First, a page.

One of the often overlooked places where A/B testing can contribute to an organization is new feature or functionality development. The main reason this is the case usually boils down to a CRO program failing to establish a testing culture within a company, where testing becomes one of the first stops for making business decisions.
I can recount a time at a large e-commerce site where I managed testing, there was a new mobile platform design revealed that was going to make shopping so much easier for mobile users, and purchase rates were going to skyrocket. Luckily, we had the infrastructure in place to actually A/B test this new platform with live users, only to see it underperform the old version, tanking purchases to the tune of what would have worked out to be millions of dollars a year. We spent months backward testing to find the issues with the new platform, and ultimately netting out to positive gains. The morale of the story here though is without testing, we could have very easily rolled out this new mobile platform, then been in the difficult spot of trying to understand why company performance is slipping. Was it the new platform, marketing, site issues, etc.
Here are three areas we find A/B testing being the most beneficial when it comes to feature testing:
1) Guide Decisions on Feature Design (or solve decision paralysis)
Anytime the conversation of adding a new feature, or tweaking a current one comes up in most companies, there will be no shortage of “expert opinions”. In many cases, this can lead to strife on the team and create a toxic environment, which can stifle collaboration. What we have seen great success in is using A/B testing to help arbitrate these arguments, and allow the decision-agnostic test data steer the team.
Also, if your testing department is keeping results warehoused in an organized fashion (as they should), you can quickly consult past test results to help guide conversations in these meetings with what is likely to work well or a good starting place. So instead of just offering another opinion in the room, yours is backed up by testing results from your company’s actual users.
2) Usability or Customer Panels Can Give Misleading Information
The ease with which many companies can conduct usability panels has led many to rely on these to be driving forces when looking at new features and functionality, in some cases instead of AB testing. Unfortunately, we have seen many times where experiences which performed well in panel conversations, not live up to expectations when split tested and exposed to the entire site population.
This can happen for a few reasons:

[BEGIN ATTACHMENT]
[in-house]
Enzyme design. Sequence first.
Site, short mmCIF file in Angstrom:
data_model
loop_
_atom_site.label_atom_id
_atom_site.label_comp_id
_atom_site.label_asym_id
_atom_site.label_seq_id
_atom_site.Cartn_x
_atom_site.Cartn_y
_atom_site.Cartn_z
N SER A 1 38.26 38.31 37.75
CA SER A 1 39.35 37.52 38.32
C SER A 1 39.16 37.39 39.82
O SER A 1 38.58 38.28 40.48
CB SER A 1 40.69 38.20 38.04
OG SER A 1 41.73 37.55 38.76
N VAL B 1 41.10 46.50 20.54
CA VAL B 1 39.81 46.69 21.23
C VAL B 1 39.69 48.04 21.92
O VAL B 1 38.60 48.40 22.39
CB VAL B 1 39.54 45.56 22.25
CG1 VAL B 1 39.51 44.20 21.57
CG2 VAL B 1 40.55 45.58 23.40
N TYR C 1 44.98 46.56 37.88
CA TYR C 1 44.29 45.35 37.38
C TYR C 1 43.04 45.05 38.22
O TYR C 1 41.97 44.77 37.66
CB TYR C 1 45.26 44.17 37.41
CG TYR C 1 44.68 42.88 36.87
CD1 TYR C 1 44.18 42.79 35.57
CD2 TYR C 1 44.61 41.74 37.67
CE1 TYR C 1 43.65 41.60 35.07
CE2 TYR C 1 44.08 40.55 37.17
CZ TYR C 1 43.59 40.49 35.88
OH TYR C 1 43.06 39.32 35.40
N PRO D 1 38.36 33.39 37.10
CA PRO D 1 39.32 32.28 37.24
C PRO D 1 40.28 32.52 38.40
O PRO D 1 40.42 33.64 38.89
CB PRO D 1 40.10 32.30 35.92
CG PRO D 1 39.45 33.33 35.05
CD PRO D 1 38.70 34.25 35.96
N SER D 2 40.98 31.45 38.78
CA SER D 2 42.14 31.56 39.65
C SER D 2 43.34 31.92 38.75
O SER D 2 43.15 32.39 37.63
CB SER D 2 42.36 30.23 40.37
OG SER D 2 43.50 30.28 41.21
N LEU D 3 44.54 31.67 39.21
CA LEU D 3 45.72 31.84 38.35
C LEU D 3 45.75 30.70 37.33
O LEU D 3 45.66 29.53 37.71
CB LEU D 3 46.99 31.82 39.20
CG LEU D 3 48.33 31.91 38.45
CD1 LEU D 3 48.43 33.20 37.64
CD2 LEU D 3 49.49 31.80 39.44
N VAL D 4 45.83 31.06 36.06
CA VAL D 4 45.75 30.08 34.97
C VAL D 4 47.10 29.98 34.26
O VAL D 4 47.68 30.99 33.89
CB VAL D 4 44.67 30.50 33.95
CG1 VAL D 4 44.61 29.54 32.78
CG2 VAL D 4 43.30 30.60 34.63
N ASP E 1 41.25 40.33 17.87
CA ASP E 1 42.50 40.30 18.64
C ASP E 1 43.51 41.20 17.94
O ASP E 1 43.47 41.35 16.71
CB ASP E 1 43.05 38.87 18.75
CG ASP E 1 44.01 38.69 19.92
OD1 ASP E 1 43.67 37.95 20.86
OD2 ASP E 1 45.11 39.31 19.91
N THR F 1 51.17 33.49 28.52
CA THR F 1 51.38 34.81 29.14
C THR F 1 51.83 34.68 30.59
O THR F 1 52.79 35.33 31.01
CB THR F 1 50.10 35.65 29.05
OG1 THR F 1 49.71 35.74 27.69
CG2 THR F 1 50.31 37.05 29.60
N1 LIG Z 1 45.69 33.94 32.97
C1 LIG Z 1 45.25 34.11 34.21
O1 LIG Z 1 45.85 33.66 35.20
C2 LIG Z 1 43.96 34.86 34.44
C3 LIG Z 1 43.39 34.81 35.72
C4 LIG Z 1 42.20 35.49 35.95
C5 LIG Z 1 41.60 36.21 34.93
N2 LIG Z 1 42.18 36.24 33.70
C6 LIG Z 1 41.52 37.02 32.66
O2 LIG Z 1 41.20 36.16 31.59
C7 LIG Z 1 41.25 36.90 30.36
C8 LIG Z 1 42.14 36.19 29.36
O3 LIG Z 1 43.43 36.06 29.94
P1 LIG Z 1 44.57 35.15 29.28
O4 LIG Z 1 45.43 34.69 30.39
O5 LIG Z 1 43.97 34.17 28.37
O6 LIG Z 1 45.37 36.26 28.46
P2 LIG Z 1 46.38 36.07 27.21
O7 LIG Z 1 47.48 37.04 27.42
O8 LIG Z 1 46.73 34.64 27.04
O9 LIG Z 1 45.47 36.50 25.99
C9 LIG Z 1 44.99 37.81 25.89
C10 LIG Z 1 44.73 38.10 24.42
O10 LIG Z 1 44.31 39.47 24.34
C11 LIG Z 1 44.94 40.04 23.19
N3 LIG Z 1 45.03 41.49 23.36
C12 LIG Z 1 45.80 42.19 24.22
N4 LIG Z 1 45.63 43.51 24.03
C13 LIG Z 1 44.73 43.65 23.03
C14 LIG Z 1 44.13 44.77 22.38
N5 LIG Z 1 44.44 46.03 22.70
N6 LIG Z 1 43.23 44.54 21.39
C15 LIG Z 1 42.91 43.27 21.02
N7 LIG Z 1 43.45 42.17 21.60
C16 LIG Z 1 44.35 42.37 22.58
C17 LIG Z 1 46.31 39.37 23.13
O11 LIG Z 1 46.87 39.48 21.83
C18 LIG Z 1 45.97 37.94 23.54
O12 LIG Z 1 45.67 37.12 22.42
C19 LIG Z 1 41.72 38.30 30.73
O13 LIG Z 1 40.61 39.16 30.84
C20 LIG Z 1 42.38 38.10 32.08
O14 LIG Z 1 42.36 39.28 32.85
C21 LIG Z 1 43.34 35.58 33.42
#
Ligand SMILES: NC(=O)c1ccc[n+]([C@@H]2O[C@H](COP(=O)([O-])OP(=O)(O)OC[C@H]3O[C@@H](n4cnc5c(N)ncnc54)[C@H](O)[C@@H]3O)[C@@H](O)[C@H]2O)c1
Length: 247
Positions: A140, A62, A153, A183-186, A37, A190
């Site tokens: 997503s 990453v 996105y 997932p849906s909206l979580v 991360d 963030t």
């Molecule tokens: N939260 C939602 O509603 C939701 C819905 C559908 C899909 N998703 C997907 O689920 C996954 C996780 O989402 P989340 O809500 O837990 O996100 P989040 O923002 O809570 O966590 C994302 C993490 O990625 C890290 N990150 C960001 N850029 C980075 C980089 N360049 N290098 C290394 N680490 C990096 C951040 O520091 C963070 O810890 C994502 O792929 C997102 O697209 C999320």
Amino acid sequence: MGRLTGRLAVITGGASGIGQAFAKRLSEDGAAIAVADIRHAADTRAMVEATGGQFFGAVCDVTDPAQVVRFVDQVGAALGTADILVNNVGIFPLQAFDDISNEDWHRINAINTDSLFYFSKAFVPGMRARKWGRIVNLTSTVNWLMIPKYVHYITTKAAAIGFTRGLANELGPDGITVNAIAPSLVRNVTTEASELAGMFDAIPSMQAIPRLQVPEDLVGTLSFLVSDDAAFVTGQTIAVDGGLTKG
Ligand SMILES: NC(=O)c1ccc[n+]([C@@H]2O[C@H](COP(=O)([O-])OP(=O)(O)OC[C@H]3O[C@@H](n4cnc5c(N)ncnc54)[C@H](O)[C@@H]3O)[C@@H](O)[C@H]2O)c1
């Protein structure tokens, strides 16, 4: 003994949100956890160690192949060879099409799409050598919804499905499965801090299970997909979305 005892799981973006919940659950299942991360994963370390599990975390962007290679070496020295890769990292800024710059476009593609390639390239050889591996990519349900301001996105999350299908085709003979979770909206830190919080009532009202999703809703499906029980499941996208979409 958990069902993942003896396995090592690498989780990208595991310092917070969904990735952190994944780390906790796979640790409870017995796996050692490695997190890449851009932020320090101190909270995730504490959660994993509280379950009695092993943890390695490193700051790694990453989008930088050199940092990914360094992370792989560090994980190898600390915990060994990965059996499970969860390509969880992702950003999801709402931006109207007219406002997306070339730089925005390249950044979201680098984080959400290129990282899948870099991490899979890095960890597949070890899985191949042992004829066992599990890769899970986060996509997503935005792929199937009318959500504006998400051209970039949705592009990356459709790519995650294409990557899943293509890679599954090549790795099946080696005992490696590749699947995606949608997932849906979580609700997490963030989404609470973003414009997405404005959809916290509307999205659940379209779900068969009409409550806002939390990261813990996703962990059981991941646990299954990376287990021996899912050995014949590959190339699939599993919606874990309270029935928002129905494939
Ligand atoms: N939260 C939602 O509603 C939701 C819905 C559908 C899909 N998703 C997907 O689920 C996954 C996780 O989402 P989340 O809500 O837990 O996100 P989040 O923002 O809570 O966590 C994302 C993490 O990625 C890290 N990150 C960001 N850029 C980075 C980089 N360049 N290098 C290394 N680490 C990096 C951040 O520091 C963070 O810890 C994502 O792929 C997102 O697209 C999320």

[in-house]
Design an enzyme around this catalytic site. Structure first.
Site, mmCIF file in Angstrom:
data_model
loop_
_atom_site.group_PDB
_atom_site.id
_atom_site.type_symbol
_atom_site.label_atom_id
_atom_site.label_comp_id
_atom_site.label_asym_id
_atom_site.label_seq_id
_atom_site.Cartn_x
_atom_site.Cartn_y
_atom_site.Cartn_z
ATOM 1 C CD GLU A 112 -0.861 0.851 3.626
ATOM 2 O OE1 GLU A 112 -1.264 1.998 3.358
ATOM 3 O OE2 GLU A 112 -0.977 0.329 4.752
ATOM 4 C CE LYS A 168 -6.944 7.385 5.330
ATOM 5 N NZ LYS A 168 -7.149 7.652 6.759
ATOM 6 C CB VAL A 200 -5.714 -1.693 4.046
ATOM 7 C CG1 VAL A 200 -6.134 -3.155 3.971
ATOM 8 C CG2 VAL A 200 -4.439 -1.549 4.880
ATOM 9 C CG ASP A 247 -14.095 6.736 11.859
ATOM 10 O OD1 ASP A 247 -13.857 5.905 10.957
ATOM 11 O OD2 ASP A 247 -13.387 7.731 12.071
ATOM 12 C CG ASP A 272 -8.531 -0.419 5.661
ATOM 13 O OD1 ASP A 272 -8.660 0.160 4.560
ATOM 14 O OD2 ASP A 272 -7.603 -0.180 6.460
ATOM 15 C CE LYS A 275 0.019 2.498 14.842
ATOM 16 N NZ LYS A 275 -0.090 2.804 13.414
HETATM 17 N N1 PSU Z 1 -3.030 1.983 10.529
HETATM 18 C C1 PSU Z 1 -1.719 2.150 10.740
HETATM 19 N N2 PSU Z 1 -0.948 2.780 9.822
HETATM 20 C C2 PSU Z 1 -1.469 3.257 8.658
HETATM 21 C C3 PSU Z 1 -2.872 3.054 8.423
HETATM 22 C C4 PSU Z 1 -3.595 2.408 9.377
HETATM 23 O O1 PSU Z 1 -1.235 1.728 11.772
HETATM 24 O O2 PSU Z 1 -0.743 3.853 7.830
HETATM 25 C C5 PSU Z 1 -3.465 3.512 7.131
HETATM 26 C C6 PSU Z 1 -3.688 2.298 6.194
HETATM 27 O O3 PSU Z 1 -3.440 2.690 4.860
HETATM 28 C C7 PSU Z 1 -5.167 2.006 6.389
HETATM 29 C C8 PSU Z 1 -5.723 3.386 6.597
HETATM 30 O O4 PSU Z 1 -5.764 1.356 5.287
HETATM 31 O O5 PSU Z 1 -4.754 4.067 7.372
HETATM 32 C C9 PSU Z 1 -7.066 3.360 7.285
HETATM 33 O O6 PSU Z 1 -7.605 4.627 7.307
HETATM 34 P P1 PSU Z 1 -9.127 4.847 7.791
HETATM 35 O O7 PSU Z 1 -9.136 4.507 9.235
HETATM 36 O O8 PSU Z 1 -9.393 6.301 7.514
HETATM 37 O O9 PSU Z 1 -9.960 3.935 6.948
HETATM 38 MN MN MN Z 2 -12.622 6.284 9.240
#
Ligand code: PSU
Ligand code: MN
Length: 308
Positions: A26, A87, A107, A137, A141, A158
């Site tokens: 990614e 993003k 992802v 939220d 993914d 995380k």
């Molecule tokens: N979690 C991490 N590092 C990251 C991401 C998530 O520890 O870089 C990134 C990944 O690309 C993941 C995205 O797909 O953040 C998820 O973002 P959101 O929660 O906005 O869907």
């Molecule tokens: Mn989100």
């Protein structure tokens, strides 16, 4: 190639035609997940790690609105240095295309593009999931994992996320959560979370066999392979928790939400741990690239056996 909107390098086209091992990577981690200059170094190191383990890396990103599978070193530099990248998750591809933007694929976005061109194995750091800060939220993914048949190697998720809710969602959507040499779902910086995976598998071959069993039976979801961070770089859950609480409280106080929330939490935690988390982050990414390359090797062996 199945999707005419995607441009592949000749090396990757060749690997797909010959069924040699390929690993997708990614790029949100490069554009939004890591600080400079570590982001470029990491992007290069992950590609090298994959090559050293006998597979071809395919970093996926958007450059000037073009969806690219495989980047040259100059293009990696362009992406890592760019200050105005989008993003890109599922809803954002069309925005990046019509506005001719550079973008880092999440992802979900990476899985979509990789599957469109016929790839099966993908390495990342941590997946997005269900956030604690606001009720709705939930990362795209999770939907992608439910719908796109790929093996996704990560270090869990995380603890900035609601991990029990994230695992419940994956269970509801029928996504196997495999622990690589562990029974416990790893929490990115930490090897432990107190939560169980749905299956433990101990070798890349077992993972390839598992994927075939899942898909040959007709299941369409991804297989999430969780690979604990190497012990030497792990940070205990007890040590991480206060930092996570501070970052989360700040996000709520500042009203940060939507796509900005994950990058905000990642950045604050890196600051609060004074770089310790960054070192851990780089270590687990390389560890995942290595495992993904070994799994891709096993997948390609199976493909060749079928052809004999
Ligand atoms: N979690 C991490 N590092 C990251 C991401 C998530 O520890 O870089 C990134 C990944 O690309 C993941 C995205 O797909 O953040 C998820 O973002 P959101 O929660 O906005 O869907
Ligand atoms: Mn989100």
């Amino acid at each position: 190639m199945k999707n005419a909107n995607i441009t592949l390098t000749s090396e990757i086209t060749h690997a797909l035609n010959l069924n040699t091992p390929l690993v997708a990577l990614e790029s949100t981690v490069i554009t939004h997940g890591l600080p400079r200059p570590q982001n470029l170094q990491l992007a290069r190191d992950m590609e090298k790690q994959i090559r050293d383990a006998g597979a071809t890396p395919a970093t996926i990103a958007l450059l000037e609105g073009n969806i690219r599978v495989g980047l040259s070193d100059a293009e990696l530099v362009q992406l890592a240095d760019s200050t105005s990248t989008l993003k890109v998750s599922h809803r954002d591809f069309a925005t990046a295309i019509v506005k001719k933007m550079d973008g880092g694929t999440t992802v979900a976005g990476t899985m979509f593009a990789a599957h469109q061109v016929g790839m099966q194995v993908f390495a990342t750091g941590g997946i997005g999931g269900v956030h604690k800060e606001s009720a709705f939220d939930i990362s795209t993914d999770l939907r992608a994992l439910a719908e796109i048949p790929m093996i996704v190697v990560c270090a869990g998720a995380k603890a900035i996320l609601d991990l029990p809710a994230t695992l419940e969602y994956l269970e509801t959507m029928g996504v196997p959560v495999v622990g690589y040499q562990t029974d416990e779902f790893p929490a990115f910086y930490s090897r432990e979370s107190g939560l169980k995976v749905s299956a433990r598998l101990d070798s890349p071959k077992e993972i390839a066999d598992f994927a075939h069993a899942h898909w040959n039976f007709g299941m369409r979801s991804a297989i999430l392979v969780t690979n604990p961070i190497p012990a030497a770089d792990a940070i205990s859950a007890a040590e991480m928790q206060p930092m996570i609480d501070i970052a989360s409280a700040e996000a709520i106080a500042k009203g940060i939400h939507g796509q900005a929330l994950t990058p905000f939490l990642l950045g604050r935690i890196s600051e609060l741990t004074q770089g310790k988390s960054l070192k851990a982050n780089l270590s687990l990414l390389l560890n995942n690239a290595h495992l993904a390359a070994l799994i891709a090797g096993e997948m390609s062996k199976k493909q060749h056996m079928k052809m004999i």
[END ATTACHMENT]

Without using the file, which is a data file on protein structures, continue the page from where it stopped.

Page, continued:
- Non-representative panel sample to general population
- The experience in a usability panel is often very controlled, whereas your website is not
- Small user sample
- Poor usability panel question or experience construction
Proper usability paneling is not the point of this article; just know that spot checking some of the findings/recommendations with A/B tests are recommended. Be aware, that split testing can become politically charged if it challenges previous findings derived from usability panels. If you wait too long after usability resources has touted to be a winner internally, there may be some resistance from those who’ve become attached to those beliefs.
3) Save Development Cycles with Prototyping with Testing
This is one area CRO teams are starting to leverage to better the working relationship with the IT team. With testing tools, you can often arrive at 70-90% of a feature experience with less development work to run a simple prototype test, and to observe how site performance is affected. This can be a great way to test a concept out before committing many development cycles to fully fleshing it out. Companies can spend many hours developing a new feature, only to find out it is a performance loser. The problem this creates is given the amount of sunk work, it can become an internal battle where the Conversion Group is pitted against IT. This is where internal relationships can become strained. Save the political battles and work with IT to get ahead of this situation, collaborating to flesh out the initial concepts.
Another way of getting testing buy-in is to sell A/B Testing as a way for IT to test some of their “cooking in the labs” ideas. One of the struggles for IT teams is retaining good talent, and developers feeling like they never have input into site development. Carving out some testing resources to allow for this experimentation can help IT feel connected, provide a creative outlet, keep talented developers around, and ultimately provide a better site experience